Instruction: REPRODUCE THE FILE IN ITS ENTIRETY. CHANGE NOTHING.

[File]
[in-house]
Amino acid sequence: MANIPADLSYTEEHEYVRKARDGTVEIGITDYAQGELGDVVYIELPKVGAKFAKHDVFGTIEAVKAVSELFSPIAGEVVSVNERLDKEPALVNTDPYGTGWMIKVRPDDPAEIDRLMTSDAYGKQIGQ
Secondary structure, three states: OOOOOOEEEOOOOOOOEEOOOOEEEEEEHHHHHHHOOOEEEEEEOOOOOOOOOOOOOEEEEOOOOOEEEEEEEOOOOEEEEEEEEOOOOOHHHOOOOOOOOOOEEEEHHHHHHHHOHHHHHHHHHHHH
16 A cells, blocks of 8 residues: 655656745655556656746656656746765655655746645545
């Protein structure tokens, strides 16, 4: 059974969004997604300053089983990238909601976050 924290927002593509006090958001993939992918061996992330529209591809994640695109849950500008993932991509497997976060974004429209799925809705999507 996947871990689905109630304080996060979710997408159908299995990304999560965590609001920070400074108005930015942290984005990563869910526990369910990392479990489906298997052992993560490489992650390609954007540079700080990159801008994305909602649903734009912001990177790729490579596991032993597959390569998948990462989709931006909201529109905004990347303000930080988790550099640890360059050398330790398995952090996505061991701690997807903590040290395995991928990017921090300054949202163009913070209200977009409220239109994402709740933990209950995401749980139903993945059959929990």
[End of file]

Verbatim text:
[in-house]
Amino acid sequence: MANIPADLSYTEEHEYVRKARDGTVEIGITDYAQGELGDVVYIELPKVGAKFAKHDVFGTIEAVKAVSELFSPIAGEVVSVNERLDKEPALVNTDPYGTGWMIKVRPDDPAEIDRLMTSDAYGKQIGQ
Secondary structure, three states: OOOOOOEEEOOOOOOOEEOOOOEEEEEEHHHHHHHOOOEEEEEEOOOOOOOOOOOOOEEEEOOOOOEEEEEEEOOOOEEEEEEEEOOOOOHHHOOOOOOOOOOEEEEHHHHHHHHOHHHHHHHHHHHH
16 A cells, blocks of 8 residues: 655656745655556656746656656746765655655746645545
């Protein structure tokens, strides 16, 4: 059974969004997604300053089983990238909601976050 924290927002593509006090958001993939992918061996992330529209591809994640695109849950500008993932991509497997976060974004429209799925809705999507 996947871990689905109630304080996060979710997408159908299995990304999560965590609001920070400074108005930015942290984005990563869910526990369910990392479990489906298997052992993560490489992650390609954007540079700080990159801008994305909602649903734009912001990177790729490579596991032993597959390569998948990462989709931006909201529109905004990347303000930080988790550099640890360059050398330790398995952090996505061991701690997807903590040290395995991928990017921090300054949202163009913070209200977009409220239109994402709740933990209950995401749980139903993945059959929990």